Friday, September 23, 2011

Essay on Ebonics

Anyone interested in the current status of African American English, or "Ebonics," might enjoy checking out my essay just posted on the American Anthropological Association's online Anthropology News web site.

Tuesday, September 20, 2011

State-sponsored murder

According to Amnesty International, the Georgia State Board of Pardons and Paroles has refused to intervene in tomorrow's scheduled execution of Troy Davis, despite the overwhelming evidence that there is more than "reasonable doubt" that he committed the crime he was convicted of.

It's dismaying, but not that surprising.  As a core part of the Old Confederacy, Georgia is (at least) a crypto-fascist state.  State-sponsored murder, otherwise known as "execution," is a way for such states to demonstrate their absolute power over their citizens, including the power to decide whether they live or die.

Sunday, September 11, 2011

I didn't write anything for 9/11

Well, I didn't.  I did spend both yesterday and today actively avoiding mention of 9/11 on the TV, so as to be reminded as little as possible of the Tuesday ten years ago when our Marine son, Tommy, stationed at The Pentagon, was out of our reach for nearly the whole day.  I watched Ivan Reitmann's silly science-fiction comedy Evolution (David Duchovny, Julianne Moore, etc.), and I watched the first two parts of Lord of the Rings (the extended version!).  I also managed some of Avatar.  I played banjo. I walked with Tinker the Terrier.  Whatever, anything to avoid what I was sure would be the grotesque "commemoration" of an obscene event (I'm pretty sure I was right).

But inevitably, in checking my usual news and information sources on the web, I did come across several essays that come as close as I could, without doing it myself (which I didn't feel like doing), to expressing the swamp of ideas and feelings I have about 9/11 and its aftermath.  And not just the aftermath, but also the run-up.

The first is an essay by Tom Engelhardt titled Let's Cancel 9/11: Bury the War State's Blank Check at Sea.  One of the salient paragraphs from this essay is this one:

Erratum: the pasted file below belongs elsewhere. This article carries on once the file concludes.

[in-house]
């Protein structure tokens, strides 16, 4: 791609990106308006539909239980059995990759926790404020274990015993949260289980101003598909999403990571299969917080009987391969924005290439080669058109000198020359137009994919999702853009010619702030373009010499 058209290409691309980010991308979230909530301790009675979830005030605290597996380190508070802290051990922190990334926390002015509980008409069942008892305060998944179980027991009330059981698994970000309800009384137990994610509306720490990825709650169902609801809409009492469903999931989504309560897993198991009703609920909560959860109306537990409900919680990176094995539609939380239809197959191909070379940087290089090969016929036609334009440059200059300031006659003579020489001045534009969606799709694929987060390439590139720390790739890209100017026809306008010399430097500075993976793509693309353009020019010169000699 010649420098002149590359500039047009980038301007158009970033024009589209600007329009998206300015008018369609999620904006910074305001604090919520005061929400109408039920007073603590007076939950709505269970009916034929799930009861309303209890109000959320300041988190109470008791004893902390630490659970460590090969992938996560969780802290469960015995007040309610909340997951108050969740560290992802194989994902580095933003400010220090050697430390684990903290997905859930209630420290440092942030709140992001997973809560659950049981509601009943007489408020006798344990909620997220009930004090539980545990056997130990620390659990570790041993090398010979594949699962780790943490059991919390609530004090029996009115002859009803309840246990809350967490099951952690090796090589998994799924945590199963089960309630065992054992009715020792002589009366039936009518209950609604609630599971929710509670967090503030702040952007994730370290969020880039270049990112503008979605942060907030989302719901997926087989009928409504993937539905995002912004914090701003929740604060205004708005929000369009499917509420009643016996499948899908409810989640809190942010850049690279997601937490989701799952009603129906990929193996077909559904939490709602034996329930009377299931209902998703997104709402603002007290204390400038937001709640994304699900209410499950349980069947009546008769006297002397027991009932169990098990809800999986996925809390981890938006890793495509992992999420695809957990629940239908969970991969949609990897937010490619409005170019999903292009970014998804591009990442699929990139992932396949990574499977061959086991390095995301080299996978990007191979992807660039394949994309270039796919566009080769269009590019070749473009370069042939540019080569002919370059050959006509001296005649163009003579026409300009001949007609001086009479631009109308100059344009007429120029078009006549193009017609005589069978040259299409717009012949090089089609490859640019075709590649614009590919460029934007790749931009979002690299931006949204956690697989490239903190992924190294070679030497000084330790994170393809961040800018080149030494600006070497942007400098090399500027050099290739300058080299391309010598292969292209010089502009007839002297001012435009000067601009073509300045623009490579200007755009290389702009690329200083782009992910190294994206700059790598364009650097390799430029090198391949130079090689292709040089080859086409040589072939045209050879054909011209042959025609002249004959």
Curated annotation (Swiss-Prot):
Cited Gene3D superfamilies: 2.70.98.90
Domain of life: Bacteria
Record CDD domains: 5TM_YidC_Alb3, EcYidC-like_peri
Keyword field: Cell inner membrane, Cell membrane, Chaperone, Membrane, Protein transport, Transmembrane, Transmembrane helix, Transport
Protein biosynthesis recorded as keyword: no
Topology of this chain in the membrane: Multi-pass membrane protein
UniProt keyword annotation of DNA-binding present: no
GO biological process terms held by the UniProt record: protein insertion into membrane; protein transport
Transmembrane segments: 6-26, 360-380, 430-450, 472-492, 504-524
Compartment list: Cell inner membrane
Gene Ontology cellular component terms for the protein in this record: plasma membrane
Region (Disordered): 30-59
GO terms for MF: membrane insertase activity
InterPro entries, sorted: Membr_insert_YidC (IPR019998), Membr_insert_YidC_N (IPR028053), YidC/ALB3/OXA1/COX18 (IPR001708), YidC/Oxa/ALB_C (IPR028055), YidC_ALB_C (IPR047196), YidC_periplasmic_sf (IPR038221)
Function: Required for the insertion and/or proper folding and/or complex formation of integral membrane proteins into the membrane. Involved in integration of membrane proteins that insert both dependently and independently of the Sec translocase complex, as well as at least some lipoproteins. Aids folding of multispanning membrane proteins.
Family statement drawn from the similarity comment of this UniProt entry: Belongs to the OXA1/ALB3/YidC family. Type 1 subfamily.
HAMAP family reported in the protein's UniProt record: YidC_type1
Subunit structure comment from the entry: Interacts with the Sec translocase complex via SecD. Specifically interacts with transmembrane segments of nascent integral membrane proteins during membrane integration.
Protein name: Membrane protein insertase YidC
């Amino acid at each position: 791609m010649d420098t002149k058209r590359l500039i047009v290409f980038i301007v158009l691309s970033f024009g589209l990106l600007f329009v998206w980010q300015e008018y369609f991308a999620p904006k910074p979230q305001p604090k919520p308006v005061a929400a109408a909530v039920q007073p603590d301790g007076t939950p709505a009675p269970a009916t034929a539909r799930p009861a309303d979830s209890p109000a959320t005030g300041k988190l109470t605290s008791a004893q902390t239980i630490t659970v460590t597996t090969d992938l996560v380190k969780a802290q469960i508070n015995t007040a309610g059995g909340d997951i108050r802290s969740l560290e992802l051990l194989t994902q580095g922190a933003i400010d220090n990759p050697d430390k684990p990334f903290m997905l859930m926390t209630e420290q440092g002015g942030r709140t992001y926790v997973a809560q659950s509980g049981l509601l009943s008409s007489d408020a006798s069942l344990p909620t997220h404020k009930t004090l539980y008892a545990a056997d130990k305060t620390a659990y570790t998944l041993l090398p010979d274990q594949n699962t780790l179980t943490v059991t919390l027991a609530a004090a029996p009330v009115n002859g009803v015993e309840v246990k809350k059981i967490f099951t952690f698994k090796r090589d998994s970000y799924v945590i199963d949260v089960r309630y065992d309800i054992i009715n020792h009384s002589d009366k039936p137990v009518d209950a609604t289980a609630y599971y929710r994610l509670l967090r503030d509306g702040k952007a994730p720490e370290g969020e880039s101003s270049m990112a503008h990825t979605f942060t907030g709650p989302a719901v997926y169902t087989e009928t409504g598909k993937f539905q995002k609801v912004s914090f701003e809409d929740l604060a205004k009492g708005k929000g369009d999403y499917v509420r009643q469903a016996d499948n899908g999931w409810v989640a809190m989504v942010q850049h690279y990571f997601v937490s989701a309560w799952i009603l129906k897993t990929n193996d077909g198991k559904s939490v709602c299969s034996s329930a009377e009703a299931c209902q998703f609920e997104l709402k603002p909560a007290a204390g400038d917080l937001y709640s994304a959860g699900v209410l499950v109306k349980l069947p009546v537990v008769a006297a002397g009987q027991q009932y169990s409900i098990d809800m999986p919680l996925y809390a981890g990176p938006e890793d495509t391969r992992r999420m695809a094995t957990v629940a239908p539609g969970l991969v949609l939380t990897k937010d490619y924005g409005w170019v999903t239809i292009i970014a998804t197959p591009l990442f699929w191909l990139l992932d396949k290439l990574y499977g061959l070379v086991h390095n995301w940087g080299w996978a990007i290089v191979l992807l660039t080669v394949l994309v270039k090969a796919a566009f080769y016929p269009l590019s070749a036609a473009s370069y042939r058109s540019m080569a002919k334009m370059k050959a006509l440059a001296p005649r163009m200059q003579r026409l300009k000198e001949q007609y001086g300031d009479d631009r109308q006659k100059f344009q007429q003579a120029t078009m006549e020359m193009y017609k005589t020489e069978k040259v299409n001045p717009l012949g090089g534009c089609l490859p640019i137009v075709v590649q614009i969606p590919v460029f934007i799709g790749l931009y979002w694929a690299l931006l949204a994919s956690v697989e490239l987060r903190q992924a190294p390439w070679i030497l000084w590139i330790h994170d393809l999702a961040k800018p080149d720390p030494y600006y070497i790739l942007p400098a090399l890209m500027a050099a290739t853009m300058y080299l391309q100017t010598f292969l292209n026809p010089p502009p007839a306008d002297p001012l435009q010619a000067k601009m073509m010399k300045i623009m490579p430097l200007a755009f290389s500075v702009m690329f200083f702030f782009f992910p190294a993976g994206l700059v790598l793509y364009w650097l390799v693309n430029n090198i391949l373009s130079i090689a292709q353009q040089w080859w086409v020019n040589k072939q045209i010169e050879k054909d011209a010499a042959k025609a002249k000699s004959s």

Ask yourself this: ten years into the post-9/11 era, haven't we had enough of ourselves?  If we have any respect for history or humanity or decency left, isn’t it time to rip the Band-Aid off the wound, to remove 9/11 from our collective consciousness?  No more invocations of those attacks to explain otherwise inexplicable wars in Iraq and Afghanistan and our oh-so-global war on terror.  No more invocations of 9/11 to keep the Pentagon and the national security state flooded with money.  No more invocations of 9/11 to justify every encroachment on liberty, every new step in the surveillance of Americans, every advance in pat-downs and wand-downs and strip downs that keeps fear high and the homeland security state afloat.
A second essay titled Generation 9/11: History will be embarrassed by us, is by fellow anthropologist Greg Laden, and appeared on his blog The X Blog.  Greg's essay contains this, which spoke nicely to my own thoughts:
And now might be a good point to ask the question, “What has risen from the ashes of the 9/11 attacks?” There was much talk at the time, and since then, and again today, about how great America is, how great Americans are, and how we will move forward and become better and stronger and so on and so forth. But it is just talk. What has happened instead is something entirely different.
And what happened has been a social and political disaster, as Greg points out:
The Tea Party and things like the Tea Party. Strongly held anti-social illogical destructive beliefs with no hope of critical self evaluation, in a large and organized part of the population. It is obvious why this happened in the Republican Party and not the Democratic Party, but people on both sides of the political aisle have contributed. Literalist, libertarian, paranoid, self-centered, easily frightened, reactionary, sub-average in intelligence, deluded in self worth and unmovable in conviction and belief despite all evidence to the contrary.
Moving on.  The last is from one of my favorite online essayists, William Rivers Pitt, who posts at Truthout.org.  His essay, called The Children of Aftermath, focuses on the fact that there are children in the 5th grade now who have known no other country, no other world, than the one 9/11 gave us:
All across America, there are classrooms filled with fifth graders who only know the World Trade Center from pictures. They have achieved the final perfection of George Orwell's vision - we have always been at war with Eurasia - because they have never known a world where their country has not been at war in Iraq and Afghanistan.
I hope you will read these essays.  Meanwhile, I'm waiting for 9/12/2011.